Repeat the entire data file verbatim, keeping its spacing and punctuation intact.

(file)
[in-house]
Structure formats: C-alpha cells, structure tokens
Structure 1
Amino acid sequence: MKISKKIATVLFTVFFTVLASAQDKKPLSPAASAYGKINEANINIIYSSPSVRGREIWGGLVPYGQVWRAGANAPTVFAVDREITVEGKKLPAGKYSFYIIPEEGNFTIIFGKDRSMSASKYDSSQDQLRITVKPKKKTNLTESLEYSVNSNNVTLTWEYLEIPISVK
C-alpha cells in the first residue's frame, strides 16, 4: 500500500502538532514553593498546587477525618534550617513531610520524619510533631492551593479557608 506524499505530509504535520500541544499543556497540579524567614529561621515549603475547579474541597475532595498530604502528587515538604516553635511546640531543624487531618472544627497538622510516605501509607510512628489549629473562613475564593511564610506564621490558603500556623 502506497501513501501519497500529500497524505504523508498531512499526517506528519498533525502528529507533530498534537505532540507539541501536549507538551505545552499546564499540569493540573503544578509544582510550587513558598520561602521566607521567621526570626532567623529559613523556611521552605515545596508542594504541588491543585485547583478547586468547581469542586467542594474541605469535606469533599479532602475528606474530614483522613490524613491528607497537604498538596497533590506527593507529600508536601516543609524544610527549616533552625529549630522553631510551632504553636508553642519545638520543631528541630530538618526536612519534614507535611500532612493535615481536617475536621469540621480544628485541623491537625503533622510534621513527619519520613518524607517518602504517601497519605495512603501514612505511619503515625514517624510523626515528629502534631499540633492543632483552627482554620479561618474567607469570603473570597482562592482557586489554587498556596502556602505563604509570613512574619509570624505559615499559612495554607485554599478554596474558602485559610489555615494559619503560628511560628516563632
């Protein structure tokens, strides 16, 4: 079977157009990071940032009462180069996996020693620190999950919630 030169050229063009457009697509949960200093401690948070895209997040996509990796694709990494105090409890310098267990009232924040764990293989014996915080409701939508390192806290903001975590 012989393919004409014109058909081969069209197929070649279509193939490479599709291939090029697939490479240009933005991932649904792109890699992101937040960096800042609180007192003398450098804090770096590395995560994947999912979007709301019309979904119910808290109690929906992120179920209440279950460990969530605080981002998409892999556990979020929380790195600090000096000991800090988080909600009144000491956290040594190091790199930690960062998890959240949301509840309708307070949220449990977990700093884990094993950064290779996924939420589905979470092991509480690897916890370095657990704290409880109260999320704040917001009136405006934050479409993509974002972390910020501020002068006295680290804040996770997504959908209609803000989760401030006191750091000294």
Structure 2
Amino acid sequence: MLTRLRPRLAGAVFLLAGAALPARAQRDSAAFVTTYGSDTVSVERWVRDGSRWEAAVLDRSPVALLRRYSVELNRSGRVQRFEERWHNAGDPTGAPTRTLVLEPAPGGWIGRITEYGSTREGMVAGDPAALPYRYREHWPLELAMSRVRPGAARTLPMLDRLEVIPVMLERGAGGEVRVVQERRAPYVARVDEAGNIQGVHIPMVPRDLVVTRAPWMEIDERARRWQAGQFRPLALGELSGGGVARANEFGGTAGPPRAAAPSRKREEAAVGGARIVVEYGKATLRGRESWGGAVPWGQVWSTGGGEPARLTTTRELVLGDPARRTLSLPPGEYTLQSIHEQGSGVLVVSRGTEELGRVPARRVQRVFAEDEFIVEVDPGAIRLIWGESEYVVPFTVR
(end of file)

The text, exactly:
[in-house]
Structure formats: C-alpha cells, structure tokens
Structure 1
Amino acid sequence: MKISKKIATVLFTVFFTVLASAQDKKPLSPAASAYGKINEANINIIYSSPSVRGREIWGGLVPYGQVWRAGANAPTVFAVDREITVEGKKLPAGKYSFYIIPEEGNFTIIFGKDRSMSASKYDSSQDQLRITVKPKKKTNLTESLEYSVNSNNVTLTWEYLEIPISVK
C-alpha cells in the first residue's frame, strides 16, 4: 500500500502538532514553593498546587477525618534550617513531610520524619510533631492551593479557608 506524499505530509504535520500541544499543556497540579524567614529561621515549603475547579474541597475532595498530604502528587515538604516553635511546640531543624487531618472544627497538622510516605501509607510512628489549629473562613475564593511564610506564621490558603500556623 502506497501513501501519497500529500497524505504523508498531512499526517506528519498533525502528529507533530498534537505532540507539541501536549507538551505545552499546564499540569493540573503544578509544582510550587513558598520561602521566607521567621526570626532567623529559613523556611521552605515545596508542594504541588491543585485547583478547586468547581469542586467542594474541605469535606469533599479532602475528606474530614483522613490524613491528607497537604498538596497533590506527593507529600508536601516543609524544610527549616533552625529549630522553631510551632504553636508553642519545638520543631528541630530538618526536612519534614507535611500532612493535615481536617475536621469540621480544628485541623491537625503533622510534621513527619519520613518524607517518602504517601497519605495512603501514612505511619503515625514517624510523626515528629502534631499540633492543632483552627482554620479561618474567607469570603473570597482562592482557586489554587498556596502556602505563604509570613512574619509570624505559615499559612495554607485554599478554596474558602485559610489555615494559619503560628511560628516563632
């Protein structure tokens, strides 16, 4: 079977157009990071940032009462180069996996020693620190999950919630 030169050229063009457009697509949960200093401690948070895209997040996509990796694709990494105090409890310098267990009232924040764990293989014996915080409701939508390192806290903001975590 012989393919004409014109058909081969069209197929070649279509193939490479599709291939090029697939490479240009933005991932649904792109890699992101937040960096800042609180007192003398450098804090770096590395995560994947999912979007709301019309979904119910808290109690929906992120179920209440279950460990969530605080981002998409892999556990979020929380790195600090000096000991800090988080909600009144000491956290040594190091790199930690960062998890959240949301509840309708307070949220449990977990700093884990094993950064290779996924939420589905979470092991509480690897916890370095657990704290409880109260999320704040917001009136405006934050479409993509974002972390910020501020002068006295680290804040996770997504959908209609803000989760401030006191750091000294």
Structure 2
Amino acid sequence: MLTRLRPRLAGAVFLLAGAALPARAQRDSAAFVTTYGSDTVSVERWVRDGSRWEAAVLDRSPVALLRRYSVELNRSGRVQRFEERWHNAGDPTGAPTRTLVLEPAPGGWIGRITEYGSTREGMVAGDPAALPYRYREHWPLELAMSRVRPGAARTLPMLDRLEVIPVMLERGAGGEVRVVQERRAPYVARVDEAGNIQGVHIPMVPRDLVVTRAPWMEIDERARRWQAGQFRPLALGELSGGGVARANEFGGTAGPPRAAAPSRKREEAAVGGARIVVEYGKATLRGRESWGGAVPWGQVWSTGGGEPARLTTTRELVLGDPARRTLSLPPGEYTLQSIHEQGSGVLVVSRGTEELGRVPARRVQRVFAEDEFIVEVDPGAIRLIWGESEYVVPFTVR